Orbital Sciences Corp., Friday rolled out its Antares rocket and Cygnus Spacecraft to the Mid-Atlantic Regional Spaceport Pad-0A at NASA's Wallops Flight Facility© NASA Patrick Black
MOSCOW, September 15 (RIA Novosti) – The debut launch of the commercial Cygnus spacecraft to the International Space Station (ISS) was delayed for at least one day, US company Orbital Sciences said on Saturday.
Cygnus was to be launched atop an Antares rocket on Tuesday, from a launch pad in Wallops Island, Virginia.
"The combination of yesterday’s poor weather that delayed rollout of the rocket to the launch pad and a technical issue that was identified during a combined systems test held last night involving communications between ground equipment and the rocket’s flight computer drove the decision to delay the launch," the company said.
The tentative liftoff time is between 14:50 and 15:05 GMT on Wednesday, September 18.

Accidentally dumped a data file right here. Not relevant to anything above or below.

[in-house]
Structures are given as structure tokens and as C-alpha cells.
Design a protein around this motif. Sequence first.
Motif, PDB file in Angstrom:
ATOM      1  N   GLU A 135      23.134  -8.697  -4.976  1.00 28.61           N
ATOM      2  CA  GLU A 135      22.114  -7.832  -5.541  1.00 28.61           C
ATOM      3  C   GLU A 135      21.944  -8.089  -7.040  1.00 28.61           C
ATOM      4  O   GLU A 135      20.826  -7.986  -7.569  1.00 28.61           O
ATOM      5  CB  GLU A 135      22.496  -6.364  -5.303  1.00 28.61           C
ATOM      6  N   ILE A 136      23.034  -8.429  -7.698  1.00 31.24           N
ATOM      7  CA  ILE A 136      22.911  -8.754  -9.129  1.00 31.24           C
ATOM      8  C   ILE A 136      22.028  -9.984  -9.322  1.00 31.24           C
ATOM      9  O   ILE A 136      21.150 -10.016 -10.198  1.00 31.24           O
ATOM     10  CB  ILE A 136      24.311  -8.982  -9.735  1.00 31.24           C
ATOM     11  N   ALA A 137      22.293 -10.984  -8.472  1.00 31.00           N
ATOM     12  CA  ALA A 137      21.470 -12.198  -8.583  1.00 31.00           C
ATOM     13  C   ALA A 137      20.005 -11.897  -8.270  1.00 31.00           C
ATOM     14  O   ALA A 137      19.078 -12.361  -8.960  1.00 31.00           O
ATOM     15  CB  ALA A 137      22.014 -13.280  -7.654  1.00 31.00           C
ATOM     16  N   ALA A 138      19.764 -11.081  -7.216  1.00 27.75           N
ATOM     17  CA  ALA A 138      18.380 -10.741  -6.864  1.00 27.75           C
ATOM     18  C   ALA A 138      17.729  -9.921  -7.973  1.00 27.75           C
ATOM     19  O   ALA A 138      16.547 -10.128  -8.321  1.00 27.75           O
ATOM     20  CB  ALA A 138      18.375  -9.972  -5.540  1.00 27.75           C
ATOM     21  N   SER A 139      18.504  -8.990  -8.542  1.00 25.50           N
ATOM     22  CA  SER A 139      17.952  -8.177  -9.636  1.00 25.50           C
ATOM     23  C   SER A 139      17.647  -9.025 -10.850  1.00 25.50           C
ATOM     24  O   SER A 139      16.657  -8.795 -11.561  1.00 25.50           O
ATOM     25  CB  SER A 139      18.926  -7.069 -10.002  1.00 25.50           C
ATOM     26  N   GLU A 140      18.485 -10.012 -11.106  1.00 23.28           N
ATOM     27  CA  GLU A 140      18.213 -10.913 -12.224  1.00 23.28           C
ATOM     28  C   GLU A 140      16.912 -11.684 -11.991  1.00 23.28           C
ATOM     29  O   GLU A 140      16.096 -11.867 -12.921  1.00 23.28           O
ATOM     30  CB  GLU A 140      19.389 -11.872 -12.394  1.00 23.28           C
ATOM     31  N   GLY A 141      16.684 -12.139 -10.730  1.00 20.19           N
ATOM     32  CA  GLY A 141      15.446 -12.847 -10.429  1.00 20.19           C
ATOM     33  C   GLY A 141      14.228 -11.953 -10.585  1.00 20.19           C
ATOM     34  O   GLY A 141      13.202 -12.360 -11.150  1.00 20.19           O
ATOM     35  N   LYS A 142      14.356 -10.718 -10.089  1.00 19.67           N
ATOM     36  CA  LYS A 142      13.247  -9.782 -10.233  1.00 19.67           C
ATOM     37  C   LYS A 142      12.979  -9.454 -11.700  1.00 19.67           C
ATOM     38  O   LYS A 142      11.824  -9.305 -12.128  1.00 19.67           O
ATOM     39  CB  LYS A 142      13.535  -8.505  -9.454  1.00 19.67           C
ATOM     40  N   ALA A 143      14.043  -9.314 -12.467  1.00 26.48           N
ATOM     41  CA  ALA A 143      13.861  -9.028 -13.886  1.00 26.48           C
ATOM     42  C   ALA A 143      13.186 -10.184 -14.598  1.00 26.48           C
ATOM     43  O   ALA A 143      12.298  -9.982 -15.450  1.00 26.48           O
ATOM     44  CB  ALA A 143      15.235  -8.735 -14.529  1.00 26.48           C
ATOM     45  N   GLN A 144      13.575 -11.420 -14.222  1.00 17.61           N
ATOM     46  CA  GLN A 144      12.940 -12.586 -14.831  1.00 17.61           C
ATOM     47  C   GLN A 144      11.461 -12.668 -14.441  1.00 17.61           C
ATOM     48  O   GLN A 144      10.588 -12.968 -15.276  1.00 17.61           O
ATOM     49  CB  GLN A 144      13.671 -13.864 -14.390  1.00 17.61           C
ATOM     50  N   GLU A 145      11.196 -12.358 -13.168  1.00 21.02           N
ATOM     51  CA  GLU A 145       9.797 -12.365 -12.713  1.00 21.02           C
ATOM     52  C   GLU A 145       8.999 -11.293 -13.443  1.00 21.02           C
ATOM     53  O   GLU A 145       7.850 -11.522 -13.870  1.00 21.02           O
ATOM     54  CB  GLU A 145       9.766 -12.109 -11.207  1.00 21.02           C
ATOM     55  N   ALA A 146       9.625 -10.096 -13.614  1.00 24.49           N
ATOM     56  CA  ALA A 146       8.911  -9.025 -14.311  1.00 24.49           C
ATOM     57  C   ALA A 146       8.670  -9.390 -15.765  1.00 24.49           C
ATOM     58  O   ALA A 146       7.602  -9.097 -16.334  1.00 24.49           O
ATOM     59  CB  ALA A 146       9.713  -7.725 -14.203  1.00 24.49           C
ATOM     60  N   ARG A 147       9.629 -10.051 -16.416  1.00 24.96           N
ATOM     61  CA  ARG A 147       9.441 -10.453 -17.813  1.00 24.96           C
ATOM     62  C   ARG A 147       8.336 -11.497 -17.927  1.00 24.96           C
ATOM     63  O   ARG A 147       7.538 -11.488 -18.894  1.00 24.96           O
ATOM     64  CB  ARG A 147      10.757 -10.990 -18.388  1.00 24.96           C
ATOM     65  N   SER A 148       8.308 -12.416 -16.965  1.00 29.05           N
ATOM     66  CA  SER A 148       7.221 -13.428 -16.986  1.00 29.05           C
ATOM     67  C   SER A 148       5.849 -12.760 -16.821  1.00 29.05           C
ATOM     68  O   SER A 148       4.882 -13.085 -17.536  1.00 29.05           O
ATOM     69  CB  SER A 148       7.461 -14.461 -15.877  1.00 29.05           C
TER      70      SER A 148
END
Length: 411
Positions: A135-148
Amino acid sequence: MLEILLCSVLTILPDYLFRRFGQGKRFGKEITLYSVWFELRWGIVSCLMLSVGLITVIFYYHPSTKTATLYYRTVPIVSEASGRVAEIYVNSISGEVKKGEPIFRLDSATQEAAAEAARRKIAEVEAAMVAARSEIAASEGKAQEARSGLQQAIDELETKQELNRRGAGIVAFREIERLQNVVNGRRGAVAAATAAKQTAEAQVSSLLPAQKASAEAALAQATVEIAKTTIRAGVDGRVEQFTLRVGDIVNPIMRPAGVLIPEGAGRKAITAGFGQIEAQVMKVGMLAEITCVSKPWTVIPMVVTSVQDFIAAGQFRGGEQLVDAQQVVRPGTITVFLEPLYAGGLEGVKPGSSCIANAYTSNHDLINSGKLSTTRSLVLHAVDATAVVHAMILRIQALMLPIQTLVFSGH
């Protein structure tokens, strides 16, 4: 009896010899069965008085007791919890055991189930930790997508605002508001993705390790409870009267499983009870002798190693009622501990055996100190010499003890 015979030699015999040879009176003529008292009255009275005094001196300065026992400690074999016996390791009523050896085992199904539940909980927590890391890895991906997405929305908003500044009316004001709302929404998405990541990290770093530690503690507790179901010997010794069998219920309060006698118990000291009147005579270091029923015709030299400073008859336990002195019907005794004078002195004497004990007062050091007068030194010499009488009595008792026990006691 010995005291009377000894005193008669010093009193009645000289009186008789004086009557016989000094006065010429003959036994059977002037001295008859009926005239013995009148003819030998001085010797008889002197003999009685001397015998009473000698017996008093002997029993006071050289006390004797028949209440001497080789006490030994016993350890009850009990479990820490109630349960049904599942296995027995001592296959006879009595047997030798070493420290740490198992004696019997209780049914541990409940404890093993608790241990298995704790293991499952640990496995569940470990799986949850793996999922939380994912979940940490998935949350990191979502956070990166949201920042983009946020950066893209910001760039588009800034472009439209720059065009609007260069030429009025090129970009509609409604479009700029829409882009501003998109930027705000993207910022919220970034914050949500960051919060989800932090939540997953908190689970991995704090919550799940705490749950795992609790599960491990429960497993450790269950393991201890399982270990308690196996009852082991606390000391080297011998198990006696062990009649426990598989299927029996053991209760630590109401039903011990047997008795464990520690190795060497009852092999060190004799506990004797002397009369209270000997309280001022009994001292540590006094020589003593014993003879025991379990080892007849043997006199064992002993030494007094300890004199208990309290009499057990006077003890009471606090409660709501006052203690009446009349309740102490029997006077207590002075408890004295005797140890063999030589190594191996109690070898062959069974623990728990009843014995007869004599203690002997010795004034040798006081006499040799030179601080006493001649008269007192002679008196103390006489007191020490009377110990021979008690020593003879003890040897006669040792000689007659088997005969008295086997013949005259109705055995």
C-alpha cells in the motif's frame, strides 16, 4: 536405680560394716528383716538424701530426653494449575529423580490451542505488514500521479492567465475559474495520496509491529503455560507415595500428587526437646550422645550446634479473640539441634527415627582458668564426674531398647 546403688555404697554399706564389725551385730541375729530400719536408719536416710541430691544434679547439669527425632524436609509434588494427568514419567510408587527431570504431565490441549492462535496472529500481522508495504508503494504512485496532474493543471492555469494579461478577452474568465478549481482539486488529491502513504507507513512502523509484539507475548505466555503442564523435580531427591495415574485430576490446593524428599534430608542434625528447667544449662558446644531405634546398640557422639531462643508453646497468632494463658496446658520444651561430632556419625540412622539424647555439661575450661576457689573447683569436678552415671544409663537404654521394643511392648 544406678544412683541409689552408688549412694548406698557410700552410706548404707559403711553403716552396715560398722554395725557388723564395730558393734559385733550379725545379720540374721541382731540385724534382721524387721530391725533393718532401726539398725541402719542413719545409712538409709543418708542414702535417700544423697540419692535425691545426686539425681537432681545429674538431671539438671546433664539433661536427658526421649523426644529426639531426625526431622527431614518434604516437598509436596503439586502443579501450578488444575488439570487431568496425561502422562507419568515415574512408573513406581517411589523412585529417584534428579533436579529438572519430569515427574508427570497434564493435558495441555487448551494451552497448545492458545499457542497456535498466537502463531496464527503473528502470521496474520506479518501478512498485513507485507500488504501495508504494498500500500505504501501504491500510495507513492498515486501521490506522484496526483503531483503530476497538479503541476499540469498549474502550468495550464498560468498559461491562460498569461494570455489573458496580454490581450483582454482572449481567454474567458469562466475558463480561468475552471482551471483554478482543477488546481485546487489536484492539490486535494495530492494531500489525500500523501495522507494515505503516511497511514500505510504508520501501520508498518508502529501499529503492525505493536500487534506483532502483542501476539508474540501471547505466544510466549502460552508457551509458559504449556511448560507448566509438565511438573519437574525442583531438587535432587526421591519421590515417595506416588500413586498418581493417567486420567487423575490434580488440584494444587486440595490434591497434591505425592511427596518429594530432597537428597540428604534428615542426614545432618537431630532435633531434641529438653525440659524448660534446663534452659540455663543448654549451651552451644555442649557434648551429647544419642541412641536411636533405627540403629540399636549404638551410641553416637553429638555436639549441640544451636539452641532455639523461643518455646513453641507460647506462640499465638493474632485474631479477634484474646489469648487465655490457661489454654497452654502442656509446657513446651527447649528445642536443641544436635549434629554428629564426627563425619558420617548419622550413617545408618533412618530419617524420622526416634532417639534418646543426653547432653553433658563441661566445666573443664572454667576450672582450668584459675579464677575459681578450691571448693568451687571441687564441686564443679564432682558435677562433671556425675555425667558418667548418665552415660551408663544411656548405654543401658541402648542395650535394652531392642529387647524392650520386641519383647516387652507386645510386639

Orbital Sciences developed the Cygnus cargo spacecraft as part of its joint research and development initiative with NASA, which currently relies heavily on Russia's Soyuz spacecraft to ferry astronauts and cargo to and from the space station after its Space Shuttle program ended in 2011.
Under the $1.9 billion contract with NASA, Orbital will conduct eight operational Cygnus missions to deliver approximately 20,000 kilograms of cargo to the ISS, including crew supplies and consumables, spare parts and equipment, and scientific experiments.
The Antares medium-class launch vehicle, initially known as Taurus II, can carry spacecraft weighing up to 14,000 lbs. into low-Earth orbit, as well as lighter-weight payloads into higher-energy orbits. Antares made its maiden flight in late April, taking into space an imitation of Cygnus and four satellites.
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